It’s Time for Signing Time
Around the time Signing Time was being developed, the media began to pick up on the benefits of signing with hearing infants. While most people at the time still thought sign language was only for the deaf, scores of parents everywhere began to pay attention and joined Rachel, Emilie and other proponents of “baby sign language“, sharing it as a powerful means of teaching babies and toddlers to communicate before they can talk.
Scientific studies show that “typical” children who learn to sign as babies:
- have higher IQ scores than those who do not sign
- tend to be better adjusted socially
- tend to read at an earlier age
Many parents observe that by learning to communicate earlier, the “terrible twos” are not so terrible – children can use a sign instead of throwing a tantrum to express their needs.
In the 2004 sequel to “Meet the Parents” Robert DeNiro’s character was teaching his baby grandson “Little Jack” to sign so that he would be smarter.
Emilie signs ‘socks’ during
production of volume 2
(Little Jack was played by twins Spencer and Bradley Pickren, who actually did learn sign language from Signing Time.) While the movie was comedic in nature, it marked the point of mainstream awareness of signing as a revolutionary parenting tool.
For All Children Everywhere
Evidence is also mounting that children with special needs, such as apraxia of speech, autism, or down syndrome who have difficulty with speech can make great strides in their communication development when Signing Time is part of their regimen. The multi-sensory approach of Signing Time engages visual learners, kinesthetic learners, and auditory learners of all ages and abilities, while making sign language easy and fun.
Thanks in large part to Signing Time, sign language is now gaining recognition as an all-encompassing tool for communication that anyone can use. Signing Time is used widely by educators, pediatricians, home-schoolers, speech therapists, public schools, daycare centers, libraries, and families. Whether used by a pre-verbal infant, a non-verbal child with disabilities, or a family who simply wants to learn ASL as a second language, signing has become an important part of American culture.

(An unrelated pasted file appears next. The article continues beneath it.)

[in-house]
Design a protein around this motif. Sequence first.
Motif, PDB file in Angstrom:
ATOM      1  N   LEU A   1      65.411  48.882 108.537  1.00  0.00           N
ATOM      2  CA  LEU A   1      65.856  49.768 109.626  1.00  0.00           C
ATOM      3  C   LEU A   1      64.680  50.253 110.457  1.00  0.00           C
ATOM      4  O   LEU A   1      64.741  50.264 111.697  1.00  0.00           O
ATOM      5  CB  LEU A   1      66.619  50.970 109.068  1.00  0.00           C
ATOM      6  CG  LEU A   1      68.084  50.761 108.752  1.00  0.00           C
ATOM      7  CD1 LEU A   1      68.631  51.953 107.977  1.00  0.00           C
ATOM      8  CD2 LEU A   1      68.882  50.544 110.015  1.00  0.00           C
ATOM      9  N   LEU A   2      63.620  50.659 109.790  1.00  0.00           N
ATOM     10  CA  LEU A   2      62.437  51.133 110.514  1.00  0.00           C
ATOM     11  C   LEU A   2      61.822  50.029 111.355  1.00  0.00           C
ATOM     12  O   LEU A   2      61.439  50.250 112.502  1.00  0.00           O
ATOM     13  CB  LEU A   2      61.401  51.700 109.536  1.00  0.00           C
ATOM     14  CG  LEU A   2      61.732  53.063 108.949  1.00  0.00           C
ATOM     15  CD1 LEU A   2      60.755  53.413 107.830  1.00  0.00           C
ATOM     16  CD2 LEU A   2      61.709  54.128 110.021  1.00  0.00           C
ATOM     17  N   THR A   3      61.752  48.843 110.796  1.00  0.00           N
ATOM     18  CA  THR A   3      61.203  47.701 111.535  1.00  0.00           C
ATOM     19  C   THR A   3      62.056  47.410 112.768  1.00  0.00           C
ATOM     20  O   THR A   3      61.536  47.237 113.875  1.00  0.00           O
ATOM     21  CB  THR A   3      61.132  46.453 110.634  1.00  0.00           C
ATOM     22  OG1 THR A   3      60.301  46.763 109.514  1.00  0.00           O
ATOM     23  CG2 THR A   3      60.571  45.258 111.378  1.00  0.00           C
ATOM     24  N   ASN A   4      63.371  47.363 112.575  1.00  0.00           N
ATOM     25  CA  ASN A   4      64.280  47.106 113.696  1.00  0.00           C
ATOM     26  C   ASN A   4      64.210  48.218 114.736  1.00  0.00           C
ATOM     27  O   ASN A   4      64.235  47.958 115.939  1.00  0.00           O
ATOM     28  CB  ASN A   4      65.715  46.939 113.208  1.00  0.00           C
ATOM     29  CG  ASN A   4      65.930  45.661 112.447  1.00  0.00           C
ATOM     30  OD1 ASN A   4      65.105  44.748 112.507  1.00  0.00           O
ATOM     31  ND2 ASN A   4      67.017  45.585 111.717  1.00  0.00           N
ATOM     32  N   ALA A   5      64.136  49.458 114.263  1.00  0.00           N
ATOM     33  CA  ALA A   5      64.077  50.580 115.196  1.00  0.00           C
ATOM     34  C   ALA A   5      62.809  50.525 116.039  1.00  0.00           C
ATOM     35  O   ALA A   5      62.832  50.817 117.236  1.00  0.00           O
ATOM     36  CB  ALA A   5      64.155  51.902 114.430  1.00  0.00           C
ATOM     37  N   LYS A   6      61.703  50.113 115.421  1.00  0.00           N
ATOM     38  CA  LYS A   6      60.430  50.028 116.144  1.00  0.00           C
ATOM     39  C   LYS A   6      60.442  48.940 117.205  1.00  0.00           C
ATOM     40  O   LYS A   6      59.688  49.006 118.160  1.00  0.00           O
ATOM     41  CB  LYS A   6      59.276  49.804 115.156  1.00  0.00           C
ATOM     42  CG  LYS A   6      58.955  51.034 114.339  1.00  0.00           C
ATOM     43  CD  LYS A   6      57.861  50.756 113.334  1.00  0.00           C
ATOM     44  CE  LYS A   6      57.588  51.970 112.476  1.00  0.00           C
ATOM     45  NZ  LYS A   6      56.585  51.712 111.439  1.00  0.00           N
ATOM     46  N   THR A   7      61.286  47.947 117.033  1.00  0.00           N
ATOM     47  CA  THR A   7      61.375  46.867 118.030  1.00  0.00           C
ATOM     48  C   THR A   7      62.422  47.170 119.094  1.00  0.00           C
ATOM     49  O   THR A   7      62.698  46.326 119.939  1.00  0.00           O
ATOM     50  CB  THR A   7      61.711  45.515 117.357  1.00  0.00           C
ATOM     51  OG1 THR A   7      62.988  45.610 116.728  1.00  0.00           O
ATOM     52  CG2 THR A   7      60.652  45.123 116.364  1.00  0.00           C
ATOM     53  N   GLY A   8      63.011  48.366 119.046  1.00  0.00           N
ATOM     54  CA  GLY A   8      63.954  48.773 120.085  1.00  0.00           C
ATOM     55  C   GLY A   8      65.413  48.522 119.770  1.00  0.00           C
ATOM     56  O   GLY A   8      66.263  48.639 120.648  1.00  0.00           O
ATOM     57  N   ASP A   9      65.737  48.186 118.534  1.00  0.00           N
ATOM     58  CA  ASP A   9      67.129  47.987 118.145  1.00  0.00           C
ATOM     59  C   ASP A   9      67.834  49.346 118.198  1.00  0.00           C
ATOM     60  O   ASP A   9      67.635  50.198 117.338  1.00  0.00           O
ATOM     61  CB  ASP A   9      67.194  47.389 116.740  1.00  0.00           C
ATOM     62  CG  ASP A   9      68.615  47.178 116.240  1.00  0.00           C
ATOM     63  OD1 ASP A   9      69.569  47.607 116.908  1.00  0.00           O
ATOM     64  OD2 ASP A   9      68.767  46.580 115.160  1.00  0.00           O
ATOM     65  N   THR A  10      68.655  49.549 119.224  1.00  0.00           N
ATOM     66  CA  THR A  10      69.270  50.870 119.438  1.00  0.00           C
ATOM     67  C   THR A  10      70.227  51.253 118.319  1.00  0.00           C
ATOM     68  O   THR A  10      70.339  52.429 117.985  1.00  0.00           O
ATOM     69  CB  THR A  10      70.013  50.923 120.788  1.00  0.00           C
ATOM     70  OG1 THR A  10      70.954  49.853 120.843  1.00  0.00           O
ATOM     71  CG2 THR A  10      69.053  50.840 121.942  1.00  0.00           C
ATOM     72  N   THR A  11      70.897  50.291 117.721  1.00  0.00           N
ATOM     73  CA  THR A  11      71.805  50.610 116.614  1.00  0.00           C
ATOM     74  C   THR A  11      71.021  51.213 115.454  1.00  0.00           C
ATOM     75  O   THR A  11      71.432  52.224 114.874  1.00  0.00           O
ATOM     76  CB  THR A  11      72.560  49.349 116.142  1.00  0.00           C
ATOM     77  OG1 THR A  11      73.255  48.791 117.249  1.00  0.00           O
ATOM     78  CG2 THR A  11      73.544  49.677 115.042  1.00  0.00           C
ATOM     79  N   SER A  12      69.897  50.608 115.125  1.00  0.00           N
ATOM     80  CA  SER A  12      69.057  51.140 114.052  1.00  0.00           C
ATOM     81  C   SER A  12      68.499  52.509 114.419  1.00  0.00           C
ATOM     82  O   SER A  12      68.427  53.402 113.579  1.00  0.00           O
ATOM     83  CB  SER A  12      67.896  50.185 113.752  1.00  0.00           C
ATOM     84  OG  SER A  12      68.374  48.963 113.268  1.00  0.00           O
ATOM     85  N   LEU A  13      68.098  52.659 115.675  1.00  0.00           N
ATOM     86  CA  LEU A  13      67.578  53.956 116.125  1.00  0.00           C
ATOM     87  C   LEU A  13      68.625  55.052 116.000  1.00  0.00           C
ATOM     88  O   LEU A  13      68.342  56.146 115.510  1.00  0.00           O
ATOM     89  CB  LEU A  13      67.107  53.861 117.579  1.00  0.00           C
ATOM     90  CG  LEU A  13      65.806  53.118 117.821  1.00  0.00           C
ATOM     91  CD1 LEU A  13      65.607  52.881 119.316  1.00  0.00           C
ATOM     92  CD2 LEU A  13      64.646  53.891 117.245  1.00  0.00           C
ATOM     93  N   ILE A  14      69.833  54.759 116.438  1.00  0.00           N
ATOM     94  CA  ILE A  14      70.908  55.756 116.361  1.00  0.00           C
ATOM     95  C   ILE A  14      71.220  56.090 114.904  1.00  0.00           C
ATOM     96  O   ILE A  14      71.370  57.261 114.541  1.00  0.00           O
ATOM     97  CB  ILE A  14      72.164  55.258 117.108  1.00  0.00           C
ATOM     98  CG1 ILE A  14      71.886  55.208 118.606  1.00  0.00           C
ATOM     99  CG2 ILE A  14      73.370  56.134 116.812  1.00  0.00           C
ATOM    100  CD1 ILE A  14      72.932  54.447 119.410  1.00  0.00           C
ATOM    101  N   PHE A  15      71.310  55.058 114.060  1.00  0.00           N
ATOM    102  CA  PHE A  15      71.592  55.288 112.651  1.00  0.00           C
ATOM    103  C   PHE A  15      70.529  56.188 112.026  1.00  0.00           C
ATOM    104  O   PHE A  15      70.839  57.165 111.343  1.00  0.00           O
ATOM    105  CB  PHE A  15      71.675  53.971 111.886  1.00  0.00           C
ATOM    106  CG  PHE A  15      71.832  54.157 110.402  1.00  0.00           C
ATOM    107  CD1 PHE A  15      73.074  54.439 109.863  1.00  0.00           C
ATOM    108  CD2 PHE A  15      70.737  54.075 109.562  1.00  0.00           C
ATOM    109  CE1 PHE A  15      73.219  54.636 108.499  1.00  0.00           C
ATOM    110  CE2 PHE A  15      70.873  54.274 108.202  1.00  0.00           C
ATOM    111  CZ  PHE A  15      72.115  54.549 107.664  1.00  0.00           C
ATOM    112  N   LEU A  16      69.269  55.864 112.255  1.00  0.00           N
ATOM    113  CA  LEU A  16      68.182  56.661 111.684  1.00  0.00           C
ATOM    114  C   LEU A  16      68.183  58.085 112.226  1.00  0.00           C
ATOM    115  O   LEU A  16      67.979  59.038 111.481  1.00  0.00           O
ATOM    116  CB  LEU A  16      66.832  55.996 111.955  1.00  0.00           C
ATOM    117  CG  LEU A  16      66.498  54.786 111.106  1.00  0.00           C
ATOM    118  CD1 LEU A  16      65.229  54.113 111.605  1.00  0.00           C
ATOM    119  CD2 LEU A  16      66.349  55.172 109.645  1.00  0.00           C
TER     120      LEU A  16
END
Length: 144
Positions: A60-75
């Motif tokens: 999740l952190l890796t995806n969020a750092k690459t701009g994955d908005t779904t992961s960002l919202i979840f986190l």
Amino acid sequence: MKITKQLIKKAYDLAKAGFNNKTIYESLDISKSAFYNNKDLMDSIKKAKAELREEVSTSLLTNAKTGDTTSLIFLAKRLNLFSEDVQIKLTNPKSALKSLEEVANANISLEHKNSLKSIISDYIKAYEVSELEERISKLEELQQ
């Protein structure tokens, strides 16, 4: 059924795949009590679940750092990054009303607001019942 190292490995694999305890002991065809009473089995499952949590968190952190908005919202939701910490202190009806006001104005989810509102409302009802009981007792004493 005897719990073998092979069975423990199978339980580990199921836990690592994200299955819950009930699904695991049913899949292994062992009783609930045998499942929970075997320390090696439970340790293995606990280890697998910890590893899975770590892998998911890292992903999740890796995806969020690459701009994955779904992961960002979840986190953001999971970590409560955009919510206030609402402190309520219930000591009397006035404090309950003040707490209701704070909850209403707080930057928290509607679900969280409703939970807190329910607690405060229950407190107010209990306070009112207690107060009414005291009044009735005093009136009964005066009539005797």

While sign language is beneficial for every child, Rachel confesses a more personal goal. She says, “My hope is that everyone will know a little sign, just as most people know a little Spanish – so when your child sees my child at the park, there would be no awkwardness, no communication barrier, just three signs… “Hi … friend … play’… that is all it would take to change her world.”
Today, Two Little Hands Productions offers a full line of children’s products) including DVDs, CDs, board books, flash cards and more) that uses music and sign language to promote early learning. Their brands include Signing Time, Baby Signing Time, Potty Time, and Rachel & The TreeSchoolers.
Two Little Hands is truly a family business: Rachel and Emilie’s father, Lex de Azevedo, is now the CEO, their youngest brother, Aaron, is involved in production and marketing, and Rachel’s husband, Aaron, is involved in filming.
Emilie and her husband, Derek, welcomed three more children into their family: Zac, Eliza and Spencer. Rachel’s familiy grew, too. She was reunited with her daughter, Lara, whom she had placed for adoption before Leah and Lucy were born.